Thursday, March 25, 2010

Going to Denmark

When I started working in Volda in 1991, it meant moving towards where I grew up. The light, the air, the mountains, the language, it all resonated deeply with me, and I felt like coming home after years in Bergen. The kids would grow up with clean air and wonderful nature, in a small community where they had space to roam and where we felt safe about letting them take themselves about where they wanted - and where they knew where to find us, how, at all times of the day. It worked wonderfully for us all, but now they have moved out, my mother, who was an important reason to move to this area, is dead, and the only thing keeping us here is a too-big house and our jobs.

And now I am changing jobs. From the middle of July I will be at the ITU in Copenhagen, Denmark, working with so many wonderful people I have learned to know over the years. I will teach in a field more closely related with my research, and I will do my research around people who can both understand me and challenge me.

It's both a very sad and a very happy decision. I am leaving a place I have grown to know so well, taking the leap into the unknown, moving from the countryside to the city. At the same time I am going towards something I have wanted more and more over the last years, new challenges, new opportunities and, not the least, a change in problems. I am realistic enough to know that it won't be any easier to work in a new place, but I am looking forwards to some variety in my frustrations!

I still have some months left here in Volda, but the energy of the move is quite envigorating, and I am in some odd way both very much present here, and very preoccupied with the move.

Tuesday, March 23, 2010

Want to work in Volda?

There are currently two positions open at Volda University College for people interested in ICT, design and education:

Associate professor in Media, ICT and design and Associate professor in Digital tools in education.

The final date on both positions is 7th of April, and for more information, contact Dean Aud Folkestad at +47 7007 5310.

Friday, March 19, 2010

Life among the mountains

Living among the mountains dwarfs you, but also lifts your eye and your longing to the peaks, it makes you want to get up, above the valley and the fjord, up to where nothing hinders your vision.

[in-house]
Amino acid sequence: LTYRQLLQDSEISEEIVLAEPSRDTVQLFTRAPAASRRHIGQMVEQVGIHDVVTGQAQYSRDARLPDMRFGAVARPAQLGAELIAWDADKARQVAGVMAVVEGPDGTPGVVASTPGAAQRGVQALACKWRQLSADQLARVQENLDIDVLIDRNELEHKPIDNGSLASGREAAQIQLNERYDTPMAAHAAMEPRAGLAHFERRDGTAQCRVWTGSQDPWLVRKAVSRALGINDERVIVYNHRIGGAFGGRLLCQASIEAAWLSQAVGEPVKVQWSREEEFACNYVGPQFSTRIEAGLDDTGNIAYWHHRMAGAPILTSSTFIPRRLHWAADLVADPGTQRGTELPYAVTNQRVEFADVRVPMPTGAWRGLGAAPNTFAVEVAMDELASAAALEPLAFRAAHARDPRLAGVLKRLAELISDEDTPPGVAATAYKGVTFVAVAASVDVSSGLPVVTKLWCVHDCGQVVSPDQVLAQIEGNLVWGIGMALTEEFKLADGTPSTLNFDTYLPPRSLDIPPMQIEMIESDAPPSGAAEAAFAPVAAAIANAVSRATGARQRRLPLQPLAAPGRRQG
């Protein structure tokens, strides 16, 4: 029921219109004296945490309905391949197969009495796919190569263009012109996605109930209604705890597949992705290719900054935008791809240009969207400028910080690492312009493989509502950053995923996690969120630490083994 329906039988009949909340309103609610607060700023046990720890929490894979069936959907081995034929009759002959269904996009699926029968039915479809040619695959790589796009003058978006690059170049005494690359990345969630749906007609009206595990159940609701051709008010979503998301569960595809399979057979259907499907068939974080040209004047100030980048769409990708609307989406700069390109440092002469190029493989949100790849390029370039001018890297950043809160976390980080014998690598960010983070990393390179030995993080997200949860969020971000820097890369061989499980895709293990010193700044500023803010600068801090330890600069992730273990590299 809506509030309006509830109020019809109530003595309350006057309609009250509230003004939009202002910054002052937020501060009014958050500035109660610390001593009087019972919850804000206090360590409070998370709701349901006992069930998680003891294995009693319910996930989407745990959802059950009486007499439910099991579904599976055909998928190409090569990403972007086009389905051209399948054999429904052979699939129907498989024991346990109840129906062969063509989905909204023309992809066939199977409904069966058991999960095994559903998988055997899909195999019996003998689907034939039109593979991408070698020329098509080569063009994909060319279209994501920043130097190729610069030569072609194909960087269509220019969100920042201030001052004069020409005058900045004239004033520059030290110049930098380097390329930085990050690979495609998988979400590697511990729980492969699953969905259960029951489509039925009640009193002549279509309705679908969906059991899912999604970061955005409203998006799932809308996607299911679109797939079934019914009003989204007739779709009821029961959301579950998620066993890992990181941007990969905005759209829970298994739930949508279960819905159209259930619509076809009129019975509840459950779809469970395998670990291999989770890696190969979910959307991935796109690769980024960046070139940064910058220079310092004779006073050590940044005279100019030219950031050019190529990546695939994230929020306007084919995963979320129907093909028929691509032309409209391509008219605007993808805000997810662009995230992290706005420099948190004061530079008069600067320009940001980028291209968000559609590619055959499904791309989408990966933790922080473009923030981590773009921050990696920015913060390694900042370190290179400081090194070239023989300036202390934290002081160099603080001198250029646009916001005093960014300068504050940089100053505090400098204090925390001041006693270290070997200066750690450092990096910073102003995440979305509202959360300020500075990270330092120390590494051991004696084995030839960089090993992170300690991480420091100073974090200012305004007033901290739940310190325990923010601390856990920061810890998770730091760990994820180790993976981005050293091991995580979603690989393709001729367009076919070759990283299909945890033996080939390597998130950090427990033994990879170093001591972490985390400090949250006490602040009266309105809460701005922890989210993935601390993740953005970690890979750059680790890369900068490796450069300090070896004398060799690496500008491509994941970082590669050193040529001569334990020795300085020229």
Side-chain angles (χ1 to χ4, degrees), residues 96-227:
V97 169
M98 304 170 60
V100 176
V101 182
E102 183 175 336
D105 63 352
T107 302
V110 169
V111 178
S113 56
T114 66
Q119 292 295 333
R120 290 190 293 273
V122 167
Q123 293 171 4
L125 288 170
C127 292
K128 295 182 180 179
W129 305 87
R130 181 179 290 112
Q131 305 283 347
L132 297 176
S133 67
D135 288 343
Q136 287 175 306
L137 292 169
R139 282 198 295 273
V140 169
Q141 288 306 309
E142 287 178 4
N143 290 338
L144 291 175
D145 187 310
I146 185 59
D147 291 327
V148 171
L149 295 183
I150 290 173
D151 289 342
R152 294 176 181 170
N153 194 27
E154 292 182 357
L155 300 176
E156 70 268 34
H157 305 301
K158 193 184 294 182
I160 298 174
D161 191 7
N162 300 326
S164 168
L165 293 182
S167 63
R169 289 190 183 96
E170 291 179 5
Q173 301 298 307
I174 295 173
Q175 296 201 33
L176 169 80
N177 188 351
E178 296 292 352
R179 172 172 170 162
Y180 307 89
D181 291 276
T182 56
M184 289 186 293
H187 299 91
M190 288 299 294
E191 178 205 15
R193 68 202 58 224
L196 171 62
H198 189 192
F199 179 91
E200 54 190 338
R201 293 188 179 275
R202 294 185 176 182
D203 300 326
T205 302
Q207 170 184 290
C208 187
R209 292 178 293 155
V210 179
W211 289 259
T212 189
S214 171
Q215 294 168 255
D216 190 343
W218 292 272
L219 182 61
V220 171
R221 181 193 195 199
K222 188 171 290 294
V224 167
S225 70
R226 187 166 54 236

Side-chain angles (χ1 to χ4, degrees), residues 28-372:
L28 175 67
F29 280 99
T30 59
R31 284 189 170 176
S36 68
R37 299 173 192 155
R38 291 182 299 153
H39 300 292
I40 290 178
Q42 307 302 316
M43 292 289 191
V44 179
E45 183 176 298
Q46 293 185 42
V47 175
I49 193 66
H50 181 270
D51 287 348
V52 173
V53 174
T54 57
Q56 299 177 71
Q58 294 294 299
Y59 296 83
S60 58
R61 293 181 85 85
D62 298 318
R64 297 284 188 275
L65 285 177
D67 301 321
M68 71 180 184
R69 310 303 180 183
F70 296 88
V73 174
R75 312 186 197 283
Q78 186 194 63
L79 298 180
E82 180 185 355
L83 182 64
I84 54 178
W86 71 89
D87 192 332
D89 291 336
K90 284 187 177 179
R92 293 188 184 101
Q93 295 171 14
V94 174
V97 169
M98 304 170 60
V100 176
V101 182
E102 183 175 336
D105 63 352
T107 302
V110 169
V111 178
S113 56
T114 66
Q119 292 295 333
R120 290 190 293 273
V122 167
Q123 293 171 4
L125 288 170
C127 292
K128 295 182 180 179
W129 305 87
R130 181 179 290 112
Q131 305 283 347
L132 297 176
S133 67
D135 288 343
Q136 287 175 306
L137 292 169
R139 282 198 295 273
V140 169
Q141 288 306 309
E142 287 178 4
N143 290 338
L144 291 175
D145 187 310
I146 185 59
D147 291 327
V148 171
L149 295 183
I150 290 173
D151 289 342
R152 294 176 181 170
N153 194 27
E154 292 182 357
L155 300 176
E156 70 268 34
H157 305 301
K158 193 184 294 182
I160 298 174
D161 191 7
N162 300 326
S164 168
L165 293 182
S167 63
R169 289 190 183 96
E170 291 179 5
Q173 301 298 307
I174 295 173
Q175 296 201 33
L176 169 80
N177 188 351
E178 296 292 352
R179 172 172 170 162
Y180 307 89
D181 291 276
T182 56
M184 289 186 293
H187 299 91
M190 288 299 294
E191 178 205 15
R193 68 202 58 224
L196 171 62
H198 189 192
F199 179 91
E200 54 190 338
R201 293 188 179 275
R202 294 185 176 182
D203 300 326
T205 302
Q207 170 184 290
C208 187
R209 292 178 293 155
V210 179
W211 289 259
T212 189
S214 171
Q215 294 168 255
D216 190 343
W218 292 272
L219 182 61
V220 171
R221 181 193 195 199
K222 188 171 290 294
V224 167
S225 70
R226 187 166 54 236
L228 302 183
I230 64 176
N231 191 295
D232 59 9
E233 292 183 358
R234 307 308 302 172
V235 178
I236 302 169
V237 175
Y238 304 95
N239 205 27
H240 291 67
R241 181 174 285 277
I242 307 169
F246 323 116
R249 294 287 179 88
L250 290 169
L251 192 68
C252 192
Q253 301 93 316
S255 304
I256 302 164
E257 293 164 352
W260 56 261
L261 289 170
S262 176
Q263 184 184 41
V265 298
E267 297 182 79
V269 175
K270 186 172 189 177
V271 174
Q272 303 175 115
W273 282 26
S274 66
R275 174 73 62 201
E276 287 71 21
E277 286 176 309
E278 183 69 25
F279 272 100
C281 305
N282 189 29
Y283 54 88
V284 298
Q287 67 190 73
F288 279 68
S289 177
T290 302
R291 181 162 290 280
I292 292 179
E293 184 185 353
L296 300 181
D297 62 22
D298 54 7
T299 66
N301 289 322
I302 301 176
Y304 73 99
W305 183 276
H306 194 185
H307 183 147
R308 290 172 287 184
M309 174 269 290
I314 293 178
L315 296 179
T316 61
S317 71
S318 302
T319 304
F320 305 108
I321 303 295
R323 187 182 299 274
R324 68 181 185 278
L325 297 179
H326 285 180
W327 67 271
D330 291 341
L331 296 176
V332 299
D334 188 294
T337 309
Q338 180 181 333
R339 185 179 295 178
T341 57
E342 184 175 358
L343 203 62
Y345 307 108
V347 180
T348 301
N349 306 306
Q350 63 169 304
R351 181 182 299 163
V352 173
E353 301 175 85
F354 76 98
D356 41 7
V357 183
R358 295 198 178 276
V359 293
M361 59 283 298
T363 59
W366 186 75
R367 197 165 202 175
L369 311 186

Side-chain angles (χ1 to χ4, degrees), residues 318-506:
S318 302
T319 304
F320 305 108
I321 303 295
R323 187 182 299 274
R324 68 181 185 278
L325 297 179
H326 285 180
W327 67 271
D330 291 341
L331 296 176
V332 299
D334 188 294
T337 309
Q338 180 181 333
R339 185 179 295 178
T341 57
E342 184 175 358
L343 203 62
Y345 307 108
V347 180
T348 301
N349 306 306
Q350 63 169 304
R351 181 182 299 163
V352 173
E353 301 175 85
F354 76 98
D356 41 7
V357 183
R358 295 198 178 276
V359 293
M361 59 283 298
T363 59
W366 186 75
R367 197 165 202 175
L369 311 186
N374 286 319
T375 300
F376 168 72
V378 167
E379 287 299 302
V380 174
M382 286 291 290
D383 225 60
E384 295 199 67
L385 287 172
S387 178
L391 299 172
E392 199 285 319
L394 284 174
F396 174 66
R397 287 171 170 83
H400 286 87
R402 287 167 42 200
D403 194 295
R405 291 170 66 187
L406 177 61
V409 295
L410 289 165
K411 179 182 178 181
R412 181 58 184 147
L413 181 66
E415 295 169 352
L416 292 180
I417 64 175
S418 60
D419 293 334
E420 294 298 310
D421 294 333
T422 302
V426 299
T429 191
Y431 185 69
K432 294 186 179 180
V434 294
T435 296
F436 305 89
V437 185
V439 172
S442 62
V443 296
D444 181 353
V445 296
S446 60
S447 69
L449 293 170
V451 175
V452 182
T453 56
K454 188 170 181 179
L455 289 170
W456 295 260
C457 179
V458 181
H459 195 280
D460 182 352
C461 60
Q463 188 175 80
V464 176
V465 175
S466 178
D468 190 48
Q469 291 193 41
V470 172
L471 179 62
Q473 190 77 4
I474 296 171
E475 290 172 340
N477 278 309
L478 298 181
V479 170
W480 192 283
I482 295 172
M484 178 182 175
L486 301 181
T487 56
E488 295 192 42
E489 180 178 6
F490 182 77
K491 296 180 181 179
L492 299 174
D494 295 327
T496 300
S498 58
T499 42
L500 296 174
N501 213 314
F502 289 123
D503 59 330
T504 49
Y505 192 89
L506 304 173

In summer, it's a good life, the challenge is scaled to your ambition, and the reward is a sense of being on top of the world. During the winter, however...

After three avalanches caused considerable damage and closed off the roads leading in almost every direction from here, roads have been closed in most directions. On this list (it may expire) there are 18 closed roads today, closed due to avalanches or danger of avalanches. Four more are under consideration. After a winter of snow in several layers we suddenly have rain and a thaw. It's undermining the snowmasses and loosening that which so far has been stable. Spring does that - and this year more so than ever.

I am not planning to drive to Ålesund this week-end, and if I did, I'd go out towards the islands: Tunnel, bridge and ferry, to get around and away from the mountainsides. I don't want to get caught by anything like this.

In normal years there are always avalanches, or "ras" or "skred" as they are called here. This year however, in addition to the known spots of danger, new areas are hit. And so we lose buildings, and people are in danger, like this mother and her eight year old daughter, who outraced an avalanche by car.

If you were to fly above this area in a small plane, you'd notice that there is no immediate logic to the spread of buildings. There will be a few houses close together, then nothing for a while, even if there may be wide, nice fields there. Then perhaps, one house built prominently on a rock, and then nothing again, for miles. No, it's not like that just because people wanted to live close together or far apart, depending. It's the spots where a building stands the best chance of surviving the winter.

We learn to live with the danger, and there are even people who make a living from maintaining communication in the face of danger. Recently, one machine was taken by an avalanche while clearing the road of snow. The people in it were able to run clear. As I type, others are assessing the danger of avalanches along the roads, at great risk.

Standing on top of a mountain, it feels like you own the world. Buried beneath it though...

Home taping is killing music

This one was just too good to pass by. Thanks Nick!

Friday, March 12, 2010

Games and e-learning

Sometimes I just forget that I have done something, and then it pops up and I go "Oh, yeah, right, I did that." It sounds horribly arrogant, as if I don't care, and I don't like this part of myself. You see, I do care about the articles I write and the work I do. It's just that when I have finished something, I put it behind me and move on, and sometimes I put it a bit more behind me than I really planned, you know. And then, more times than not, I go: "Oh, I wrote this as well. Huh, I almost sound smart!"

One such item is the upcoming article in E-learning. Issue 7 is on Game Design Literacy Practices, and my article in it is "Training, Sharing or Cheating? Gamer Strategies to Get a Digital Upper Hand." Heavily inspired by Mia Consalvo, I write about theorycrafting and the use of specialised gamer sites, where gamers go to help each other learn or develop those mad skills they later use to impress each other with ingame.

Wednesday, March 03, 2010


Yes, I am part of organising a conference with a major buzzword in the title. Hence, imagine my delight when I found a nice visualisation of this and some other recent buzzwords in Academia: